Narratives about motorcycling on Northern California's back roads; Reflections on the history and geography of the North State; Memoirs and early recollections of youthful visits to towns and forests and mountaintops.
Also middle-of-the-road takes on current issues in politics and education. Middle of the road? Isn't that dangerous?
Tuesday, January 27, 2015
WILLIAM B. IDE ADOBE – A VISIT TOO LATE
It ain’t what you don’t know that gets you
It’s what you know for sure that just ain’t
- Charles F.
For as long as I have lived in northern
California, Interstate 5 has run the length of the state.I’ve utilized it dozens of times flying
toward adventures in the Siskiyous and points north in Oregon and
Washington.Just one exit beyond
Red Bluff, after a crossing of the Sacramento River, a posted sign reads
William B. Ide State Historic Park.Racing by time after time, I think to myself, “I’ve gotta stop there and
check it out.”
On this day I would.
(c) California State Parks
William B Ide arrived in California
in 1845. He proved to be a pivotal figure in the historic “Bear Flag Revolt.”Our state was once known as Alta California,
a Mexican territory.The
Californios of the region became intent of separating from Mexico’s governance
due, in part to its distance (Mexico City) and its indifference to the Mexican
citizens that lived here.
handful of Americans who’d come to settle in the Great Central Valley – Ide
among them – traveled to Monterey to embrace the separatists and play roles in
establishing California as an independent republic in June 1846.As a result of a rousing speech he
delivered, Ide was declared President of the republic.That circumstance would stand only
until the United States declared war on Mexico in July 1846 – about 22 days.
The history I’d learned and the history I subsequently
taught my Fourth Graders fifty miles south in Durham, CA, was that Ide was an
up-river settler who became the only President of the California Republic – and
that he lived just up the road in Red Bluff. “You can even visit his house, up there,” I advised my
kids, although I’d never visited myself.
On this day I would.
The William B Ide Adobe State Historic Park
is located on a bluff overlooking the Sacramento River.
Listening to the river whisper by, the
soft breeze through the oaks and the occasional twitter of some native little
brown bird, it is easy to imagine oneself settling in this bucolic piece of
heaven about a hundred and seventy years back.The land was rich and fertile, the river rife with salmon
and game roamed within easy range of even the most primitive firearm.Just add Maureen O’Hara…
I like to drop into the visitor center first, pay my fare
and check out any exhibits there in – and thus be better informed about that
which I will experience outside.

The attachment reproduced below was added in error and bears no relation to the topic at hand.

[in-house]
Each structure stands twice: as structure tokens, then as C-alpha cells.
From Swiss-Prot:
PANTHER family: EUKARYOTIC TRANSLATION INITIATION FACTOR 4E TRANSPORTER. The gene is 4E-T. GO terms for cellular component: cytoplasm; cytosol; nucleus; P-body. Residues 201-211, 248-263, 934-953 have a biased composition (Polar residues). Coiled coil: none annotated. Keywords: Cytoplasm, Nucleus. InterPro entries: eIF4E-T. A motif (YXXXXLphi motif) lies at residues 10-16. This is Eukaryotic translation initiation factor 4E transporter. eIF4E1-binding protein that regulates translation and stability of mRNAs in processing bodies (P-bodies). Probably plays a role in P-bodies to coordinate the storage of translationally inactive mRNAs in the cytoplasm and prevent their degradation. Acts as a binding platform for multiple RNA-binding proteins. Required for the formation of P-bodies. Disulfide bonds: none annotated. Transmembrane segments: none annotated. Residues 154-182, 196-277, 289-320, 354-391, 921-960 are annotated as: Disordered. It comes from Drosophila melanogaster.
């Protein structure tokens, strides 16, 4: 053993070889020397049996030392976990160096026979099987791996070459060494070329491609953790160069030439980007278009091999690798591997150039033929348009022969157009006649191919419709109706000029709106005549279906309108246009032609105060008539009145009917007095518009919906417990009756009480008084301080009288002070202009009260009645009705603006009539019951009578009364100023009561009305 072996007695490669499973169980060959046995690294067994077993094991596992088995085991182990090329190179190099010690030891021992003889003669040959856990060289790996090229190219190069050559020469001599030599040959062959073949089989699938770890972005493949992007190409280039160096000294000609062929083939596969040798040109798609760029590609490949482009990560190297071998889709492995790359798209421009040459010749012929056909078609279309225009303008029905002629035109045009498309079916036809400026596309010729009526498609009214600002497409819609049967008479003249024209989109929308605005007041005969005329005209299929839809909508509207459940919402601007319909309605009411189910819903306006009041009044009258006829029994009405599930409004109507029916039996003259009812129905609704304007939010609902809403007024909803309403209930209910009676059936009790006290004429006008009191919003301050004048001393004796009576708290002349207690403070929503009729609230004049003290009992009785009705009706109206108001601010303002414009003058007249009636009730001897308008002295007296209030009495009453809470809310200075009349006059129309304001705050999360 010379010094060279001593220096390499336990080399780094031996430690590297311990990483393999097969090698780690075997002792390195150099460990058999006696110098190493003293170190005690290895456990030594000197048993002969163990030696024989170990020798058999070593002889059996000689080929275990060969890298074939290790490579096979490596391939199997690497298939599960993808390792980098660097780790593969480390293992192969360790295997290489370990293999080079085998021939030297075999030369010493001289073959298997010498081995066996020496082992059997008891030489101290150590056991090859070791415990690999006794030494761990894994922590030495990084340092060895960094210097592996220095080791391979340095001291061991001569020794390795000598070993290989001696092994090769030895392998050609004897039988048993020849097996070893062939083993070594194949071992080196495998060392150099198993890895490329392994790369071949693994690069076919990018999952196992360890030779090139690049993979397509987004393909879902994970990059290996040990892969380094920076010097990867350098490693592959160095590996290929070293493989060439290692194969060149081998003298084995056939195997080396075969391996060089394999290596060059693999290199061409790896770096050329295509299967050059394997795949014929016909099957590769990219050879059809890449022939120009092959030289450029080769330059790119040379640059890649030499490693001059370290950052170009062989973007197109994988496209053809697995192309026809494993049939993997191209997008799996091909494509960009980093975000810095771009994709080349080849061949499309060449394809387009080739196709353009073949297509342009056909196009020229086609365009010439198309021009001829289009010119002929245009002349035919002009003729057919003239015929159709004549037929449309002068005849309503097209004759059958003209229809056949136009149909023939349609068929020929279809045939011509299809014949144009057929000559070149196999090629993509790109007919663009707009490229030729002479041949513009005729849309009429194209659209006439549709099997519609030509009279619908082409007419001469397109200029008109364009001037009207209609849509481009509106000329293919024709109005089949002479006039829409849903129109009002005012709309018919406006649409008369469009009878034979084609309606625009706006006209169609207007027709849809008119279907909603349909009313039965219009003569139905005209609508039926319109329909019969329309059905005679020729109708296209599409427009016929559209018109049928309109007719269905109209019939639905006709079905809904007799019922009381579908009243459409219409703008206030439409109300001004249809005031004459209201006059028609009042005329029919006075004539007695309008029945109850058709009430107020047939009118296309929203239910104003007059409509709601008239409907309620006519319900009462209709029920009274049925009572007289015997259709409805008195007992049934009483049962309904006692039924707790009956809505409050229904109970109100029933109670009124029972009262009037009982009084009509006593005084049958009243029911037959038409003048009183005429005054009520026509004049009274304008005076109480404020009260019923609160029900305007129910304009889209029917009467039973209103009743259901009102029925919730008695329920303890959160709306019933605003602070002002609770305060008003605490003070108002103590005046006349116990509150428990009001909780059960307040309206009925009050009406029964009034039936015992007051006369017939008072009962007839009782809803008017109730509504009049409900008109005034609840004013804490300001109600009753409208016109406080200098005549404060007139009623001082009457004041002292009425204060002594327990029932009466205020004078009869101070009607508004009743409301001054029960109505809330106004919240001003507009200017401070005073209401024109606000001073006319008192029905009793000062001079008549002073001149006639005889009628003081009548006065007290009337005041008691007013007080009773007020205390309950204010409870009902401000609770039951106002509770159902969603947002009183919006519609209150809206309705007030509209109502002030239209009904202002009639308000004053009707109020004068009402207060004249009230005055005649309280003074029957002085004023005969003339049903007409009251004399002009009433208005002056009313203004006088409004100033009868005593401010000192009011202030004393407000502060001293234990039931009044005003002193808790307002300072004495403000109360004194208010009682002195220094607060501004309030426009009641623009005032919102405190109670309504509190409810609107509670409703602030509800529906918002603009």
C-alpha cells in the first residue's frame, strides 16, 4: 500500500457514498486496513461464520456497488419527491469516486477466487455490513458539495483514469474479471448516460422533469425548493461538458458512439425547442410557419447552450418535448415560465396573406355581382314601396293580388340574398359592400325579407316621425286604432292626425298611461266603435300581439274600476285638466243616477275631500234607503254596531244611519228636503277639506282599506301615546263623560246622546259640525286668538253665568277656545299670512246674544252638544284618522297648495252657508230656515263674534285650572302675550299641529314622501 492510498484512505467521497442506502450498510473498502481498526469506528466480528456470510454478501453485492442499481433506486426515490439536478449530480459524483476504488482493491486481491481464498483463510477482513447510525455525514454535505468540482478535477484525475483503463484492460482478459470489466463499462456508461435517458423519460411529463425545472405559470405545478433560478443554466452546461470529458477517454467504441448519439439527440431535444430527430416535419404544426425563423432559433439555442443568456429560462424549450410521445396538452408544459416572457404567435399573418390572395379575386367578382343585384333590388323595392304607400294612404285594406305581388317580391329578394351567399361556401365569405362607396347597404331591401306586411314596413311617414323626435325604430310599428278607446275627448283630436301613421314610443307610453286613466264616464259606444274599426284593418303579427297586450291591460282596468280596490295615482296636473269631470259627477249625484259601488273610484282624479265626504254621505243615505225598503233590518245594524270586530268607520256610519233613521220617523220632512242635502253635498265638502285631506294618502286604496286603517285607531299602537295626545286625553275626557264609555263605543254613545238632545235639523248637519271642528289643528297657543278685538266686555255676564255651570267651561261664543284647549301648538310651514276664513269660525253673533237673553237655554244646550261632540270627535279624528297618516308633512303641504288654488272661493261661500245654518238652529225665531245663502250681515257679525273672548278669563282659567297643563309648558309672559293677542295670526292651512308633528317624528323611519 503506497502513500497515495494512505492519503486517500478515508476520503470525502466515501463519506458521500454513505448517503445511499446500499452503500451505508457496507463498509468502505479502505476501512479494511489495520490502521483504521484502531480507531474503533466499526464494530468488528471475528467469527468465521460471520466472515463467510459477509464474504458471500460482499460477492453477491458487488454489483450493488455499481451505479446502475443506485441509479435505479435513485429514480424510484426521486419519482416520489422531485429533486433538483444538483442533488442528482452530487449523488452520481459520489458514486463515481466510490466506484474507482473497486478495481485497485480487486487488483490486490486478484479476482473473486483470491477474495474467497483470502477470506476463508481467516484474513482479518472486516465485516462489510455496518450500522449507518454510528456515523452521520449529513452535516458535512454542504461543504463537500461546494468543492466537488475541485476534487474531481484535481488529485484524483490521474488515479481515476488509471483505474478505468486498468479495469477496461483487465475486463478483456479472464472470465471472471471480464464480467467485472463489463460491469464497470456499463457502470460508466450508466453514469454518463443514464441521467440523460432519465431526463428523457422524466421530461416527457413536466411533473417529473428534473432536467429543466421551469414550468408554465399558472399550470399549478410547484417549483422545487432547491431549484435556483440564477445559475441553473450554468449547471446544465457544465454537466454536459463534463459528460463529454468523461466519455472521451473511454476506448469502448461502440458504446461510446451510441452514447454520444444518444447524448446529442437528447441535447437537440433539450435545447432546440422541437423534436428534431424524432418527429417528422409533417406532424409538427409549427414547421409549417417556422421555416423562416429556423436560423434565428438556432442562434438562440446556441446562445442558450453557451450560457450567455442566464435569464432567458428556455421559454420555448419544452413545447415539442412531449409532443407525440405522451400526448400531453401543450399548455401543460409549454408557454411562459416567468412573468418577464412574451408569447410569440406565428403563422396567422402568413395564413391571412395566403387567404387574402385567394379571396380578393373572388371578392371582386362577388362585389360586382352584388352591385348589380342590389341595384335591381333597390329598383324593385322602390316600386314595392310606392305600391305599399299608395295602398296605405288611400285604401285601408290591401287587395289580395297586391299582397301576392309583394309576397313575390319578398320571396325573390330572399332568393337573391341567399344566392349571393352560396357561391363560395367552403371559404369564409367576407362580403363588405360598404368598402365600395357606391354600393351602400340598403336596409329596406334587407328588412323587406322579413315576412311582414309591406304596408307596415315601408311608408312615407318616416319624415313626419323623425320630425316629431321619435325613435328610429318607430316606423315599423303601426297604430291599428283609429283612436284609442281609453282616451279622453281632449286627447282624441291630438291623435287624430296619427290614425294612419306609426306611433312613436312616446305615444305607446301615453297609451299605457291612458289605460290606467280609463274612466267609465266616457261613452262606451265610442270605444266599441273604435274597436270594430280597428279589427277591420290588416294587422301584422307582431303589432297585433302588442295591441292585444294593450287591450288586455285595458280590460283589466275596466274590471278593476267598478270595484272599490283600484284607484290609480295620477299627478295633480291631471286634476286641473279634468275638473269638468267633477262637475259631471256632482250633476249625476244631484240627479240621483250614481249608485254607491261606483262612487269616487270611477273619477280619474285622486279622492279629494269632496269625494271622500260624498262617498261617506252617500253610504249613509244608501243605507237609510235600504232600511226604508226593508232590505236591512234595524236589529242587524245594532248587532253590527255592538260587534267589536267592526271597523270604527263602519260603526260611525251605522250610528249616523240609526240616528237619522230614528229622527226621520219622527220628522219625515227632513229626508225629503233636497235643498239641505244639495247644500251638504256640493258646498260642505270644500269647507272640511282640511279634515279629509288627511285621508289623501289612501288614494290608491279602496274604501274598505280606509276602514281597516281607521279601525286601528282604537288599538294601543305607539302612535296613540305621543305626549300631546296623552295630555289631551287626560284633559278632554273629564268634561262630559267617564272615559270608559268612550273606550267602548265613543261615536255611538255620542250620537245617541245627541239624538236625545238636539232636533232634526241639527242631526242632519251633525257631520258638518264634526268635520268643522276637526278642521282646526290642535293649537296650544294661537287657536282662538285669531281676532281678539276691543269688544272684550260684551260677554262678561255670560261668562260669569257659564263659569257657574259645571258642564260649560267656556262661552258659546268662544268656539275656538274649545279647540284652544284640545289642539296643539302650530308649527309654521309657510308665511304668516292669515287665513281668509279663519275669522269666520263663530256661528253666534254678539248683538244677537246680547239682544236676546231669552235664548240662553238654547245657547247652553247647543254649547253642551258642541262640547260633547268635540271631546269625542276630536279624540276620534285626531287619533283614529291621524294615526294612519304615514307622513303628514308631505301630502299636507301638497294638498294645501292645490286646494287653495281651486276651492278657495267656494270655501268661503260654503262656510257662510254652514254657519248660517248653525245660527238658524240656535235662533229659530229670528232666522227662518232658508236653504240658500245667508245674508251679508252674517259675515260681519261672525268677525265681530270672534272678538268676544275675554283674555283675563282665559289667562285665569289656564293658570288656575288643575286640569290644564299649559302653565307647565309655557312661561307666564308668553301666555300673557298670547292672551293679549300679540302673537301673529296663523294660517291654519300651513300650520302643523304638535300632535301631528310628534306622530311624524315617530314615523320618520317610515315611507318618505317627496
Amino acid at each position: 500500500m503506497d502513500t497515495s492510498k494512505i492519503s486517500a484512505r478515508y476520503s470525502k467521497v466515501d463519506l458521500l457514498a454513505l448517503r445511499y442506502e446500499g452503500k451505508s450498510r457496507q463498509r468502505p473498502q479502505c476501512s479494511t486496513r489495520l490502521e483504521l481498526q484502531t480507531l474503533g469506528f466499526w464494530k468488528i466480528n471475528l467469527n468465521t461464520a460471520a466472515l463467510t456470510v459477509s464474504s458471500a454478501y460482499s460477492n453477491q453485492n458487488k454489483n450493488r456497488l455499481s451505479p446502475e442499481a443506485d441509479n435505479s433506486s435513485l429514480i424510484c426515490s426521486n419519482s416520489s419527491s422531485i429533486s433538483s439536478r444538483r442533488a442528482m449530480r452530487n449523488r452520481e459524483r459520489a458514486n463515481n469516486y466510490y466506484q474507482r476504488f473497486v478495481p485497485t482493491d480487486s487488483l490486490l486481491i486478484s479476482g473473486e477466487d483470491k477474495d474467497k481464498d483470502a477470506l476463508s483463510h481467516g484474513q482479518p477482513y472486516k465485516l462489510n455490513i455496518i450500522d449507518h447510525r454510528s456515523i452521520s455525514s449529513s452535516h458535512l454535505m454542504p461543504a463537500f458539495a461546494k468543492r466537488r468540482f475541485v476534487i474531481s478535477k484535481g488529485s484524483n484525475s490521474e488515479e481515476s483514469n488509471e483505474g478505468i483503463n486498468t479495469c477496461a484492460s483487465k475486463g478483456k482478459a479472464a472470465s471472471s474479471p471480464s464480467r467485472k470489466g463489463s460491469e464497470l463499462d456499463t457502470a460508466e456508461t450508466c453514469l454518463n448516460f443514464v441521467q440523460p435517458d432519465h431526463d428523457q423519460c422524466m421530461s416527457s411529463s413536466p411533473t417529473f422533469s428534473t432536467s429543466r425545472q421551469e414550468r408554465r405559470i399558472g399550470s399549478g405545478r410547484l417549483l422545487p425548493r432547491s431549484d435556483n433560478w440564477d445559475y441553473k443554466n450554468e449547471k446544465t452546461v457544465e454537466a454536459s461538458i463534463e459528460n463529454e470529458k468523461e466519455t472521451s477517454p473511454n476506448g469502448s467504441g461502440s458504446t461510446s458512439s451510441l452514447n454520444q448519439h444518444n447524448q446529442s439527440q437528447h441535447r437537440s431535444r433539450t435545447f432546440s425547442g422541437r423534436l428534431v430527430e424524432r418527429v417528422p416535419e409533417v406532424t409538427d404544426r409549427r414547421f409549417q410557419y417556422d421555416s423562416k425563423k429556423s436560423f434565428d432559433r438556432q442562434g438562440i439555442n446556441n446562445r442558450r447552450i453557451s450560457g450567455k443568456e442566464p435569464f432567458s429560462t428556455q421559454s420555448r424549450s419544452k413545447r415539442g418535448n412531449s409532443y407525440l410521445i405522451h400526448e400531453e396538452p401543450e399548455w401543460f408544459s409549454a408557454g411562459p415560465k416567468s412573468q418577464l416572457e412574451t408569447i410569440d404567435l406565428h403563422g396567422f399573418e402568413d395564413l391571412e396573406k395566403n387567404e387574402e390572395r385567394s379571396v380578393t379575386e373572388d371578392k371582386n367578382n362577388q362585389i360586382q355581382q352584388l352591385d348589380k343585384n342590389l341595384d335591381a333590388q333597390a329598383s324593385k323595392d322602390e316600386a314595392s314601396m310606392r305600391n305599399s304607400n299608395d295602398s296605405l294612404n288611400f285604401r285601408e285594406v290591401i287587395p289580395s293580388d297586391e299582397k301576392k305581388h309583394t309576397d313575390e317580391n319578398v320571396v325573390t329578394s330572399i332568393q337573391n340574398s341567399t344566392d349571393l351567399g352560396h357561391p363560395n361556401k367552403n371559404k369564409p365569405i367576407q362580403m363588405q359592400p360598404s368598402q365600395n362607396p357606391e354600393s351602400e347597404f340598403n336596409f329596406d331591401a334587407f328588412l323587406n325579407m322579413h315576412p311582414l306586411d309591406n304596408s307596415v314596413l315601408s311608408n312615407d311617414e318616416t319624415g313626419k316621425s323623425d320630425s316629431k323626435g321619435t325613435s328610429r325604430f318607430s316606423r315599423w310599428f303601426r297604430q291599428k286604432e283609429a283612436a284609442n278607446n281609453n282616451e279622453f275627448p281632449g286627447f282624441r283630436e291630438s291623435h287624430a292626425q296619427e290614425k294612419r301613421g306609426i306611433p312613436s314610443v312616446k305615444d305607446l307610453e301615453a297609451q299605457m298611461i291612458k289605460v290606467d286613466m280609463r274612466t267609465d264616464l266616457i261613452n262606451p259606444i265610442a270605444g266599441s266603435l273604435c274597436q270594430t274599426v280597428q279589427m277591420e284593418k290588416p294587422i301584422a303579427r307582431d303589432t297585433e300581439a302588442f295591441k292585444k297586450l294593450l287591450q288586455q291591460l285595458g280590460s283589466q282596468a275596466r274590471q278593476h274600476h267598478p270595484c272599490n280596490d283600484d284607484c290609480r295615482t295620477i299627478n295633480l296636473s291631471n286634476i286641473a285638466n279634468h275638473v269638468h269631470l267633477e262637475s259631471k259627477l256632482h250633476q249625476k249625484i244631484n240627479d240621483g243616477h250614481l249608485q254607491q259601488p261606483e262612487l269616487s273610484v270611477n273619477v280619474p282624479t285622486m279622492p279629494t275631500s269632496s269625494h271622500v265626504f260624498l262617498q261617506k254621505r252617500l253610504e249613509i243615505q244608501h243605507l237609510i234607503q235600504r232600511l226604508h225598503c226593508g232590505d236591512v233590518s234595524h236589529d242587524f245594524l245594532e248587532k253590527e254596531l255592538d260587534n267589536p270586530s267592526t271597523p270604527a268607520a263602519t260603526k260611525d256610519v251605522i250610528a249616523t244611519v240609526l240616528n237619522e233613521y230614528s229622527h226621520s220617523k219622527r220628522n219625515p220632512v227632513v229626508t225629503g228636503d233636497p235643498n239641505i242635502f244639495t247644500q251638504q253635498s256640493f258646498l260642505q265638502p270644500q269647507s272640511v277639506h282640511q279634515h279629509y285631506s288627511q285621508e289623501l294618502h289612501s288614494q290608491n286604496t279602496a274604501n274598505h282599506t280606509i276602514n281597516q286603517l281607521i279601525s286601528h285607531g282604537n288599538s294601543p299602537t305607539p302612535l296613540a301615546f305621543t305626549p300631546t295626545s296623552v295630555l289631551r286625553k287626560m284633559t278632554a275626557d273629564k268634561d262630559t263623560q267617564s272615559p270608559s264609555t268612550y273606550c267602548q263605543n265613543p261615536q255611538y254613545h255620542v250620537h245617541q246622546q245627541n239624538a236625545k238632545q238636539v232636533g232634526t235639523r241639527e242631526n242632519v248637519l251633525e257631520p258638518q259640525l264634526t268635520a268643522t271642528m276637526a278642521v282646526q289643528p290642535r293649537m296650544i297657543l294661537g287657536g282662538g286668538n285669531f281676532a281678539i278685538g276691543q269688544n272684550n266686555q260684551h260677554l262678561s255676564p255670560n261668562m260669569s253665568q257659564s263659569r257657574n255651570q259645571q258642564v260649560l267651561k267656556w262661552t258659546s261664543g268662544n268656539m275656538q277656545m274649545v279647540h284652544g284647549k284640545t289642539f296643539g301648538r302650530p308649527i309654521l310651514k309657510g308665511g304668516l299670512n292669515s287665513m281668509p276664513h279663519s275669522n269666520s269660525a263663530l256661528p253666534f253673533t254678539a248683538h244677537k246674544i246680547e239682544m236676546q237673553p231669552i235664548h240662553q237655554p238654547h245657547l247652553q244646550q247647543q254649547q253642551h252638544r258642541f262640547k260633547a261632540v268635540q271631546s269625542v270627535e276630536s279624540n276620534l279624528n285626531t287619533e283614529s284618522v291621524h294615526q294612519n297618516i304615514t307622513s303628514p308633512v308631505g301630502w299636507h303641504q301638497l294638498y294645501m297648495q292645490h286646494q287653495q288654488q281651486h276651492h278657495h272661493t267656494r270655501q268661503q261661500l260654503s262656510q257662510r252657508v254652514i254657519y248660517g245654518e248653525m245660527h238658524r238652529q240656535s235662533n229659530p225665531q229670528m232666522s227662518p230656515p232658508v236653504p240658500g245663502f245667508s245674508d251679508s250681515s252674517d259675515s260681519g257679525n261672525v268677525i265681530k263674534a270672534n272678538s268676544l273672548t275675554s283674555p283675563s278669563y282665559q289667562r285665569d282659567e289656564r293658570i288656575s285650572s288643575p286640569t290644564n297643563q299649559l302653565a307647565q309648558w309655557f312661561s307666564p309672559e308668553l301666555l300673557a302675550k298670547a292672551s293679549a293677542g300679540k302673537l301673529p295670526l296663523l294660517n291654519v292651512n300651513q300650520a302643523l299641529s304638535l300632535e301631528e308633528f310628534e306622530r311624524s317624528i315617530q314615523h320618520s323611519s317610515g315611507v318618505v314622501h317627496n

“I’ve been meaning to come here for about fifty years,” I
chatted with the young docent on duty.
“Well it’s good you finally made it, but I’m afraid you’re
about eight months late.”He saw
the quizzical look on my face.“Did you read about us in the paper?”I shook my head.“Well, did you happen to get a look at the oak tree?”Again I shook my head.“Well go take a look.”
East of the visitor center a about fifty yards stands the
trunk of a five hundred year old oak, pared back to about two stories in
A few feet further on,
wrapped in industrial grade plastic and surrounded by a temporary fence, is the
shell of what once was called the Ide Adobe.I walked around the building unable to capture a decent shot
of what it once was.
“Yep,” the young man said, “Storm blew through last March
and most of the tree collapsed on the building.Wiped out the roof and the floor but the walls seem to be
Roof Detail from Smokehouse
The State Park System is restoring the adobe, but it will
take some time.My once-again-lesson-learned
has to do with putting off those places you’d like to visit for another day.I’d missed this one by a mere eight
A footnote to this whole visit is
that Ide probably never lived at the adobe.He likely lived further down-river as he spent quite a bit
of his political career as a bigwig down in “Colusi” County.There was a river ferry just down
stream from the adobe known as Ide’s Crossing.The state or the locals assumed – according to the docent –
that William B Ide had something to do with that enterprise or at least its
name.But no record exists to
suggest anything other than simple coincidence regarding the name.On top of that, no one is quite sure if
the photos of Ide are actually photos of Ide.Pictures of two different men are on display at the park,
both purported to be William B Ide.
A stop at the park is well worthwhile, even in its current
condition.It is a pleasant break
and a short jaunt off I-5 north of Red Bluff.California State Park System information on the Ide Adobe
may be located at: http://www.parks.ca.gov/?page_id=458